Monday, August 13, 2012

Camping at Nickerson on Cape Cod, 1995 – Take Two

Besides losing and finding the girls (see previous blog), I have other memories of that camping trip at Nickerson State Park. One night Megg and Laura stayed with Gramma and Grampa to tell tales around the campfire while Mom and Dad went out to buy a new air mattress. Their mattress had developed a leak that we were unable to find and repair. Megg laid and started our fire (with a little help from Grampa) to demonstrate the campfire building skills she learned in Girl Scouts. I suppose we would have toasted marshmallows had they not been eaten the previous night by a raccoon. (More about the raccoon later.)

After Megg gave us an account of the plot of a book she had just read, Laura announced that she had a story too. She proceeded to tell an elaborate and detailed story that she prefaced with the information that it was the most celebrated legend of an Italian town whose name I no longer remember, but which she supplied at the time, and that the people there were still telling this tale. The complexity of the story, the amount of detail, and the vocabulary struck me as unusual for a six year old. Steve and Kathi read to the girls regularly, so I assumed it was from a book they had read to her. After we put the girls to bed and their parents returned, I asked about this story. Neither of them had ever heard it before, so at breakfast the next morning, I asked Laura where she had learned the legend she shared with us around the campfire. “I read it in a library book.” she replied, going to her tent and returning with the book. I knew that she read on a rudimentary level, having completed kindergarten, but as I looked through the book it hardly seemed possible that a child who had not yet started first grade was reading at this level! She had even read an introductory note that preceded the beginning of the story, explaining that it was the most celebrated legend of this Italian town and was told and retold there to this day.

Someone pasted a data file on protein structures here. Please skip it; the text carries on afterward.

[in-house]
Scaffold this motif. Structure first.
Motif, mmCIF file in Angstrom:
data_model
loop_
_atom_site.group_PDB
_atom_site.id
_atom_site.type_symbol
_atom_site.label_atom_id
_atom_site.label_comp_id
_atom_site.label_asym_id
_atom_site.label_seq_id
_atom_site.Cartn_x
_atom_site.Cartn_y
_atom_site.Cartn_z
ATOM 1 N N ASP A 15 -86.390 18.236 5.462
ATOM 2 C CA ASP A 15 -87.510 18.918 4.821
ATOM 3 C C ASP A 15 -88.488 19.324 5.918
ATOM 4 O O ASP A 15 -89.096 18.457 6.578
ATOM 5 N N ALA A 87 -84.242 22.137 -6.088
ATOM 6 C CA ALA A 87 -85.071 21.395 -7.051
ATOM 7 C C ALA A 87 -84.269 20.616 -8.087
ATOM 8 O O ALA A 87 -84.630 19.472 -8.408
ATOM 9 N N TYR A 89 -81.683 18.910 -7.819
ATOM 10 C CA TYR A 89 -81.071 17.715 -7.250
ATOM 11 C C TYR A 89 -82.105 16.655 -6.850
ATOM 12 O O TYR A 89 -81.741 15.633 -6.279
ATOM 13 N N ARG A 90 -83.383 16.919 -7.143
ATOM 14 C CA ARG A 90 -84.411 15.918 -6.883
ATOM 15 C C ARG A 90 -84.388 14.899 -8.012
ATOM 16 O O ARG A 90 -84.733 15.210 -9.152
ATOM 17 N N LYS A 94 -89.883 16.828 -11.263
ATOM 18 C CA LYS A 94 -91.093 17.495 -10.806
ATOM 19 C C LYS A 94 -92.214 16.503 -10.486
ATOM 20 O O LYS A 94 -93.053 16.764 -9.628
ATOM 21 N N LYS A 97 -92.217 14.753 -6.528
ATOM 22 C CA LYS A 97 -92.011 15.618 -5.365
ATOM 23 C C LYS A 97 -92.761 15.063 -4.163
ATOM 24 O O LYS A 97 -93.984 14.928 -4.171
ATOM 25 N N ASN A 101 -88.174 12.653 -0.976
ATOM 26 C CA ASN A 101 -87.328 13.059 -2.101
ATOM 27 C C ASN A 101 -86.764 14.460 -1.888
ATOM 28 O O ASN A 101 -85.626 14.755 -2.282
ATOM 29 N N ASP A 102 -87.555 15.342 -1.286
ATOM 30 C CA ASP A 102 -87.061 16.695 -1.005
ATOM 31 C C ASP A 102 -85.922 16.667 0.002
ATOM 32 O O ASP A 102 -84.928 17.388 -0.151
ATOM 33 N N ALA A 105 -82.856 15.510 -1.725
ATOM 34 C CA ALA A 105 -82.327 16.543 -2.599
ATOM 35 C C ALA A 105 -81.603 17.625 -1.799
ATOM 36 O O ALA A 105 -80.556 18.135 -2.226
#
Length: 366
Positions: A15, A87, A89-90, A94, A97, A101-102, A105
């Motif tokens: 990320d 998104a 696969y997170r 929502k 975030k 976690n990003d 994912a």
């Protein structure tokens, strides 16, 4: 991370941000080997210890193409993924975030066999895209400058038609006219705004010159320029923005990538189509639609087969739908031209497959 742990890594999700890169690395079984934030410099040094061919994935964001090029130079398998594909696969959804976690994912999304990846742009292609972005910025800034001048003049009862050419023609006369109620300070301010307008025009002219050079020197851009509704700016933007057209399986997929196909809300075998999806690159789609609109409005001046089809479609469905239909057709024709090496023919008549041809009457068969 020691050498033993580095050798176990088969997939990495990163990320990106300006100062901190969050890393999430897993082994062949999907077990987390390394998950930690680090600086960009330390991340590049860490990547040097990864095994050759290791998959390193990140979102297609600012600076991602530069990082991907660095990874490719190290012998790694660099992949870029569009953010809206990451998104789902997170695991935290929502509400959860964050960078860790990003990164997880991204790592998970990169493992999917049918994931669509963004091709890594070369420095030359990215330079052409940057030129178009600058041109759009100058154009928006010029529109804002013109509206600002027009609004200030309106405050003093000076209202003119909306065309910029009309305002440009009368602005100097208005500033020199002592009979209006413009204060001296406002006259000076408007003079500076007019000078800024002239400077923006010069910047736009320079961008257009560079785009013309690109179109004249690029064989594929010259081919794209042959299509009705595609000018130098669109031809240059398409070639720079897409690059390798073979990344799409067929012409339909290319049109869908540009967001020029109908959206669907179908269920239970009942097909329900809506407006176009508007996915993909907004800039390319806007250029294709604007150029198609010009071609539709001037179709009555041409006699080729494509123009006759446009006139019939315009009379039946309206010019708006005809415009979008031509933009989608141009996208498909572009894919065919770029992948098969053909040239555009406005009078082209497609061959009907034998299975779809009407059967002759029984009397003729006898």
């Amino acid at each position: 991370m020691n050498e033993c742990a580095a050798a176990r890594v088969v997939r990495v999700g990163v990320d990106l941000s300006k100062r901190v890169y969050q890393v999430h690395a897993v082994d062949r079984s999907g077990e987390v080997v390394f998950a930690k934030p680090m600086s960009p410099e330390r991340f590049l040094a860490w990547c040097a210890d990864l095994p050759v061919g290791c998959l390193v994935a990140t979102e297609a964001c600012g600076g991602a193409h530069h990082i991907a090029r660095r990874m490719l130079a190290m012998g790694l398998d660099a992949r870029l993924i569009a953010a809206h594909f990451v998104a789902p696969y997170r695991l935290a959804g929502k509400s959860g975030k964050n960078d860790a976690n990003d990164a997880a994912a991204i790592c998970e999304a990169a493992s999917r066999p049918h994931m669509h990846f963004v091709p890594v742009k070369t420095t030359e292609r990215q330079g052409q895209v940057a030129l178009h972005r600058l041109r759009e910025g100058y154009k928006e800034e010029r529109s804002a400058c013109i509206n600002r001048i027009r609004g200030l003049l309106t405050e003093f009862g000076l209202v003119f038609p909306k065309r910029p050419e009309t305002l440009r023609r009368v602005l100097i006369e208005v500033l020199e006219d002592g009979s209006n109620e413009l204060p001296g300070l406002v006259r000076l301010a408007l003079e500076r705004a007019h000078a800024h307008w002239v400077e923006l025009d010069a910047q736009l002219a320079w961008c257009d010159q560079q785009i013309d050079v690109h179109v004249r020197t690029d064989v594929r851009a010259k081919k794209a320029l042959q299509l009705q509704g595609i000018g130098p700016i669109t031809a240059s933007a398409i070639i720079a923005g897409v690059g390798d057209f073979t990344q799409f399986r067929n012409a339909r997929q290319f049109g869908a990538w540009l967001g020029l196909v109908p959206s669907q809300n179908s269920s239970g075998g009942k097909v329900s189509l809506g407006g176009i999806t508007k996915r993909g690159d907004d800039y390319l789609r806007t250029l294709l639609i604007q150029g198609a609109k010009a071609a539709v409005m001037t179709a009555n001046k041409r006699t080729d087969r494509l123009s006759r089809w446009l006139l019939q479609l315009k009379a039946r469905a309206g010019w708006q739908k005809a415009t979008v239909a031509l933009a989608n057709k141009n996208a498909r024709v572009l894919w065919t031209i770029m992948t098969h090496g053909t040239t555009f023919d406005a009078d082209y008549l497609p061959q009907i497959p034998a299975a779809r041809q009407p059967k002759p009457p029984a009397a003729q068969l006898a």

So I remember this camping trip as the time when I was amazed to discovered how far above grade level Laura was reading and comprehending. She’s been immersed in books ever since. So has Megg, but it is Laura who I remember never leaving the house, even for a short run to the grocery store, without a book to keep her company.

1 comment:

  1. Ahh, how funny! I wish I remembered what that story was! I bet it was fun.

    And I have to say, I know people rag on Kindles/ereaders, but I absolutely LOVE mine because it means when I accidentally leave the house without a book I don't have to buy a mass market paperback at the grocery store to keep me company on the train (which has happened more times than I care to admit).